Petitioner thereafter commenced this CPLR article 78 proceeding against respondent seeking, among other things, a declaration that respondent acted unlawfully in withholding the outstanding records, an order directing that the outstanding records be disclosed, and an award of counsel fees and litigation costs under Public Officers Law § 89 (4) (c). By order dated January 7, 2020, Supreme Court denied the petition as to demand Nos. 1 and 9, granted the petition as to demand Nos. 6-8 to the extent of directing respondent to disclose any responsive documents pertaining to multifamily homes, and scheduled an evidentiary hearing as to whether documents pertaining to demand Nos. 2-5 "were maintained in a format and file size that could reasonably be transferred to and produced on a flash drive." The court held the issue of counsel fees in abeyance pending the outcome of the hearing. Shortly thereafter, respondent tendered an affidavit certifying that all of the homes in Vacation Village were single family and, therefore, no responsive documents pertaining to multifamily homes existed under demand Nos. 6-8.

Petitioner moved to reargue the January 2020 order and respondent moved to renew. Both parties also moved for an award of counsel fees. By order entered May 12, 2020, Supreme Court denied both motions, set the matter down for an evidentiary hearing and denied the respective requests for counsel fees. Respondent's attorney subsequently sent an email to petitioner and Supreme Court advising that respondent was agreeable to providing petitioner with the responsive documents pertinent to demand Nos. 2-5 in digital format and, thus, an evidentiary hearing was no longer necessary. Consequently, by consent order entered August 14, 2020, Supreme Court canceled the evidentiary hearing and directed respondent to furnish such responsive documents by September 14, 2020. These documents were produced in accordance with the consent order and totaled approximately 7,000 pages.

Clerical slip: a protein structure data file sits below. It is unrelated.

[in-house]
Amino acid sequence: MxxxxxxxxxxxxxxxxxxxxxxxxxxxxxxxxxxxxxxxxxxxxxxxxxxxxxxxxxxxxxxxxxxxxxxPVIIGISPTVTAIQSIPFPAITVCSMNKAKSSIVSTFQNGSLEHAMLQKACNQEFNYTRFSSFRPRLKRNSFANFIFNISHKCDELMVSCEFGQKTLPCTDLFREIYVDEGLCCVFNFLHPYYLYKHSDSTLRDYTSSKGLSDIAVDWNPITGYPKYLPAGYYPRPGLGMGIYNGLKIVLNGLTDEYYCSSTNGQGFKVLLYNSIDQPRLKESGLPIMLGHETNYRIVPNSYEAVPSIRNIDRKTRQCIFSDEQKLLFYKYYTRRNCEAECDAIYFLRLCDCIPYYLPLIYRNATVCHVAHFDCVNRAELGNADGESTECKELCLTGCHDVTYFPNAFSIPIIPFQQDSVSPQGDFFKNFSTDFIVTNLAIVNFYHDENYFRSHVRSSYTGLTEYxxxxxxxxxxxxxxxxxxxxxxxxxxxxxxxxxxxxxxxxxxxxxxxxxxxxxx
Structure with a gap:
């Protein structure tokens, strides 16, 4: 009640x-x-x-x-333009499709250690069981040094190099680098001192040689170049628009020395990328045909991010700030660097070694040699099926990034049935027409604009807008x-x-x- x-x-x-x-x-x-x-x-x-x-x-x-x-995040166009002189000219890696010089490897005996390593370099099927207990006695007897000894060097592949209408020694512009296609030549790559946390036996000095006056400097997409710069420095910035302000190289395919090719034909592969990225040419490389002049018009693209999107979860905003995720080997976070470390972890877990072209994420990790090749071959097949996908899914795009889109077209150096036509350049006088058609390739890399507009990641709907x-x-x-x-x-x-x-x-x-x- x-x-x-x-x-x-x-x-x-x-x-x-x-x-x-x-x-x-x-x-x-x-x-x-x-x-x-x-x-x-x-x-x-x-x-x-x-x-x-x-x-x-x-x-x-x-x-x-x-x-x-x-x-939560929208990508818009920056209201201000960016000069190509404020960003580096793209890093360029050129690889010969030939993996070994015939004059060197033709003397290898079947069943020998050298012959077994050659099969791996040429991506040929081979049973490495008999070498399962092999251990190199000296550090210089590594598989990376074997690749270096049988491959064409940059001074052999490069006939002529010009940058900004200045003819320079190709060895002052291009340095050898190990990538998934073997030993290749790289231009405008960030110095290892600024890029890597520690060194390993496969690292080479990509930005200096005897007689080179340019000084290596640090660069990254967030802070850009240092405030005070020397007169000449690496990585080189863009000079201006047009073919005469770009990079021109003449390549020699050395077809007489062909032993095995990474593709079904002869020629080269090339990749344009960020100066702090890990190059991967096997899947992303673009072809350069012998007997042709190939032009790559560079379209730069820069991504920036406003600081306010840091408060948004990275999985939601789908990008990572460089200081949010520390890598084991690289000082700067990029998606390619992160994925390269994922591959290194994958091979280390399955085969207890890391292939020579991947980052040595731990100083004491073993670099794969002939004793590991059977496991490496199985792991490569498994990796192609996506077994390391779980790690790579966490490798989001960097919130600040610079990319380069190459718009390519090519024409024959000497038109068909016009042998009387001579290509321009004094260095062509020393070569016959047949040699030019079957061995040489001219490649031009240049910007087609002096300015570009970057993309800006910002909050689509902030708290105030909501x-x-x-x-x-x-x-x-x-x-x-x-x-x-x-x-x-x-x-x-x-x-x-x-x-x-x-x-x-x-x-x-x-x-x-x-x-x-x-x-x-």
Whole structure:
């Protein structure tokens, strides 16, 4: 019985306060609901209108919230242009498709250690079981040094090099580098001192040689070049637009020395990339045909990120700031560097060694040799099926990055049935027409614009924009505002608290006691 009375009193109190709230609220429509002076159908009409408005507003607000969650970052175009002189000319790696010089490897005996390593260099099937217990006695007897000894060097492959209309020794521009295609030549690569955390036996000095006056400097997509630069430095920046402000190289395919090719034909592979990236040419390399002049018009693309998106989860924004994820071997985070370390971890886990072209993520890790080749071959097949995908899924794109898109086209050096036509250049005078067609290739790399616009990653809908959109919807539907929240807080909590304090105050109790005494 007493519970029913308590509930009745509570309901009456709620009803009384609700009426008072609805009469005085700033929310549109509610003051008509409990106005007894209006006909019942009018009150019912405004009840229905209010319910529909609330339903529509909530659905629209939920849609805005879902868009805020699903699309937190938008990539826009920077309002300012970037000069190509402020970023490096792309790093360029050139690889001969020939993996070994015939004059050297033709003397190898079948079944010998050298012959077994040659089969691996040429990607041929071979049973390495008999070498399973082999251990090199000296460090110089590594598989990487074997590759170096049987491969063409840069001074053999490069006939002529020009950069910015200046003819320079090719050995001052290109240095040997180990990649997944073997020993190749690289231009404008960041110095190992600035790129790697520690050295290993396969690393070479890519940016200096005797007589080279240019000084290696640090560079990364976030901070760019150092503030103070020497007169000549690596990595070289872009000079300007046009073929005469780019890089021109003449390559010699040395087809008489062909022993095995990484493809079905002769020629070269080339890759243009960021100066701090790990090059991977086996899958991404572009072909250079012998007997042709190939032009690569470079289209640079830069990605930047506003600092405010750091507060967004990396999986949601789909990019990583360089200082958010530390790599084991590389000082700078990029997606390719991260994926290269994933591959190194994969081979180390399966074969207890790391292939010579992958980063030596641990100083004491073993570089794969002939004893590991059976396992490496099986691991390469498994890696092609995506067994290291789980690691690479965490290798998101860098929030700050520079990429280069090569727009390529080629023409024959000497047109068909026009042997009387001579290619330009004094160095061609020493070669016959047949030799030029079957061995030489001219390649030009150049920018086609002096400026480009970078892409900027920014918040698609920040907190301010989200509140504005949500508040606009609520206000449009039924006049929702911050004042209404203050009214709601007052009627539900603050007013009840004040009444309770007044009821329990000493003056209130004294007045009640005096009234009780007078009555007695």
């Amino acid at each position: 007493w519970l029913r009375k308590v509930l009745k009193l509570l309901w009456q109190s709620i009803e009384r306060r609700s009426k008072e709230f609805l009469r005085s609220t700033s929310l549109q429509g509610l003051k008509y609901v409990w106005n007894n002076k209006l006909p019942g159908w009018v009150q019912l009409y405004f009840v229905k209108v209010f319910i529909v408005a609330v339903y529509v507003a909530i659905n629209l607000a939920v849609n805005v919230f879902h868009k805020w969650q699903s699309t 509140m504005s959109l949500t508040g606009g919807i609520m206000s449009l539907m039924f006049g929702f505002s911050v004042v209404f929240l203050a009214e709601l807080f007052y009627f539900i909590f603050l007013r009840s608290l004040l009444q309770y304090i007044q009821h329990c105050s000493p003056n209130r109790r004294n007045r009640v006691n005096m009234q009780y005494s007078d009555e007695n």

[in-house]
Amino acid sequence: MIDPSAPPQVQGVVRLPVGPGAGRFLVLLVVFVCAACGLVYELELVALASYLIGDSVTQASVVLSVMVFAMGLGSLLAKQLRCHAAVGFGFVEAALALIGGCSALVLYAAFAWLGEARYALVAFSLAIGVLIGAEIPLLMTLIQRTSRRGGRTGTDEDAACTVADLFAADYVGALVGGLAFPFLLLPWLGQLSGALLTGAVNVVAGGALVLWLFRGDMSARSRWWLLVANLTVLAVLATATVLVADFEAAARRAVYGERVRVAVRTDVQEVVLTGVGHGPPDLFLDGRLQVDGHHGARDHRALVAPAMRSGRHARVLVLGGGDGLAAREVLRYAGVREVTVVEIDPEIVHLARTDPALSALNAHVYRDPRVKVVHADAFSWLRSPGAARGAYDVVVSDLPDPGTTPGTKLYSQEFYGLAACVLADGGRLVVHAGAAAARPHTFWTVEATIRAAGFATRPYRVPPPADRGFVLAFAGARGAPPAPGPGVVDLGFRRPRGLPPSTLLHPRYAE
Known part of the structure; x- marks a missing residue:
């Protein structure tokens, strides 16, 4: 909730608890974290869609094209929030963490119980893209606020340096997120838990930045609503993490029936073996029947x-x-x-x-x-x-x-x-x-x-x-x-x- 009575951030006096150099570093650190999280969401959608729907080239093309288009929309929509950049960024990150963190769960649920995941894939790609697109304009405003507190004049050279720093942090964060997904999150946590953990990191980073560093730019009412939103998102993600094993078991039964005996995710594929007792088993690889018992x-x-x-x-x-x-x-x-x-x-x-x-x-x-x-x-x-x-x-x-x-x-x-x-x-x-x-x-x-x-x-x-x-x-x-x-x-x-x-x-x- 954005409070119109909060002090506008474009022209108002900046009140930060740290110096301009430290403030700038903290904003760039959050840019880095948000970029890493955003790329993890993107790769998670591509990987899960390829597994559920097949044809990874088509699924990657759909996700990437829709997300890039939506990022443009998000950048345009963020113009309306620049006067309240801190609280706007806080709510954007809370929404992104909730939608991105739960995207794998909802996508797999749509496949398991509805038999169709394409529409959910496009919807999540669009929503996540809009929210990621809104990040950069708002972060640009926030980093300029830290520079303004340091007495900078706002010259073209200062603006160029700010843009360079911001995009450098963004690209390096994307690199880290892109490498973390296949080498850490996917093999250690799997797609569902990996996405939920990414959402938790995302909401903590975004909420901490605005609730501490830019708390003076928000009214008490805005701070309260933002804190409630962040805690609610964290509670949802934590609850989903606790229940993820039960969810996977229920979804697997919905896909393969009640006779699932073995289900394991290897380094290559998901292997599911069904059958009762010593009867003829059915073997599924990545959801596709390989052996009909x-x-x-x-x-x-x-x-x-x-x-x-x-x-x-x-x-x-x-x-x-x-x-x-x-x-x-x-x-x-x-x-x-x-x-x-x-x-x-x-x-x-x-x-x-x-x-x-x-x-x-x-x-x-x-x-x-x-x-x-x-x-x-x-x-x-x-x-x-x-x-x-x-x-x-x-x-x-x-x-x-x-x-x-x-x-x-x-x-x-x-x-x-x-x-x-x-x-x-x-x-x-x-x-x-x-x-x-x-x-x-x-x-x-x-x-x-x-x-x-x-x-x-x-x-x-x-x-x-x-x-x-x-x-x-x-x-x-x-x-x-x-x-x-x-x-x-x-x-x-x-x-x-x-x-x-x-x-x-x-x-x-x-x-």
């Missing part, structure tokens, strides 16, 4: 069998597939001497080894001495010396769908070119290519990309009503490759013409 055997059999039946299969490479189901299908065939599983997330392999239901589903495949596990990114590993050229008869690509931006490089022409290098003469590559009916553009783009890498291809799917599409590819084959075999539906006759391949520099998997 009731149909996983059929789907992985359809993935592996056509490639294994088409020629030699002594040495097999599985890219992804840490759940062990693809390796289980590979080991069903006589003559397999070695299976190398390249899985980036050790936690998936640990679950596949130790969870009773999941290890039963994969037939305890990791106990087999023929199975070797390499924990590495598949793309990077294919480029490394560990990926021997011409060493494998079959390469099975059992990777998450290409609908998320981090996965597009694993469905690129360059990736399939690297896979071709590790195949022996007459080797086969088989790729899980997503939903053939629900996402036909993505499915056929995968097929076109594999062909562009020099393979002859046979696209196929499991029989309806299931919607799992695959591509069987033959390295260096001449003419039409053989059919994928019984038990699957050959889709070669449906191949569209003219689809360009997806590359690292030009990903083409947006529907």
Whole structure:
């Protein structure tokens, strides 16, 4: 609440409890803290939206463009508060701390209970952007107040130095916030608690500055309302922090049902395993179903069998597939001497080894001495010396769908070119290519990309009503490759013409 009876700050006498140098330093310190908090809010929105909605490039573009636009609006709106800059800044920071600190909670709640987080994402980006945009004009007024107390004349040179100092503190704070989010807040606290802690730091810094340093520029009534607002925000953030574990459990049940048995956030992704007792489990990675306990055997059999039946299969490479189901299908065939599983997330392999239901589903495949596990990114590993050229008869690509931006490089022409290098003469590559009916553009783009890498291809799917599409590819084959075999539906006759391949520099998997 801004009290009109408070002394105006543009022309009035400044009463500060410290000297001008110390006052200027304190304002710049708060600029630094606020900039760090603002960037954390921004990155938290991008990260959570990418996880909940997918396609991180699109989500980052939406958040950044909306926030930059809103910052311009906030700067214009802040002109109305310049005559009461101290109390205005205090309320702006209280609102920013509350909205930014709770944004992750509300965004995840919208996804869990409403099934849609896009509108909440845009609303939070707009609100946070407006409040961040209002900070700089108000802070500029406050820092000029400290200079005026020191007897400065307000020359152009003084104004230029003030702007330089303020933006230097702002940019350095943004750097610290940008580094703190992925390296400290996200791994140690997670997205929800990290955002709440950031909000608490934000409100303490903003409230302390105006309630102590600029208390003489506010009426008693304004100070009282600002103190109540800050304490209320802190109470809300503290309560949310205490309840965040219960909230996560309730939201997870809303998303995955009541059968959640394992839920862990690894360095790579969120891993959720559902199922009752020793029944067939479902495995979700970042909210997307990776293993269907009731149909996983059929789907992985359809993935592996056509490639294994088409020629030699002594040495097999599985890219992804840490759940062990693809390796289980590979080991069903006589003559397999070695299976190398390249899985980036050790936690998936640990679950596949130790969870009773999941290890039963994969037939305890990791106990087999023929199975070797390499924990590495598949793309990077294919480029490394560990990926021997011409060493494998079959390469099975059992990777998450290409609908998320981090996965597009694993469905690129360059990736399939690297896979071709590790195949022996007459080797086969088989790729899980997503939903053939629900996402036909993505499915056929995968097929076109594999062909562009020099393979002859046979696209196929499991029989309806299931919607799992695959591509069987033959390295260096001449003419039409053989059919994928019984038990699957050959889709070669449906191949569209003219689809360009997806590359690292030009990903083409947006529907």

Petitioner again moved for an award of counsel fees pursuant to Public Officers Law § 89 (4) (c) (ii), arguing, among other things, that it had substantially prevailed in the proceeding because, as a result of the litigation, it had received responsive documents pertaining to demand Nos. 2-5 and "received a certification[*3]" under demand Nos. 6-8 that no multifamily homes existed. Petitioner further argued that respondent did not have a reasonable basis for denying access to the withheld records. Respondent opposed the motion.

By order entered November 5, 2020, Supreme Court denied petitioner's request for counsel fees. The court noted that it had affirmed the denial of records under demand Nos. 1 and 9 and, although petitioner "technically prevailed" on demand Nos. 6-8, its success "was not substantial" because the certification obtained "involved a subset of records . . . which was narrow in comparison to the overall scope of the FOIL request." As to demand Nos. 2-5, the court emphasized, among other things, that it never rendered a decision as to whether respondent's initial refusal to transfer the documents to a thumb drive was unreasonable. Rather, such documents had been disclosed in the format requested by petitioner due to a mutual agreement. Petitioner appeals from the November 2020 order.

As a threshold matter, respondent argues that the appeal must be dismissed because the November 2020 order does not constitute a final judgment (see CPLR 5701 [b] [1]; Matter of Alexander M. v Cleary, 188 AD3d 1471, 1473 [2020]; see also CPLR 5701 [a] [1]). We agree with respondent that the November 2020 paper — which is denominated a "decision and order" and neither grants nor dismisses the petition — is akin to a nonfinal interlocutory order and, therefore, no appeal lies as of right (see Matter of Greece Town Mall, L.P. v New York State, 140 AD3d 1380, 1382 n 1 [2016]; see also CPLR 5701 [a] [1]). However, in the interest of judicial economy, we treat the notice of appeal as a request for permission to appeal and grant the request (see CPLR 5701 [c]; Matter of Greece Town Mall, L.P. v New York State, 140 AD3d at 1382 n 1; Matter of Lally v Johnson City Cent. Sch. Dist., 105 AD3d 1129, 1132 n 2 [2013]).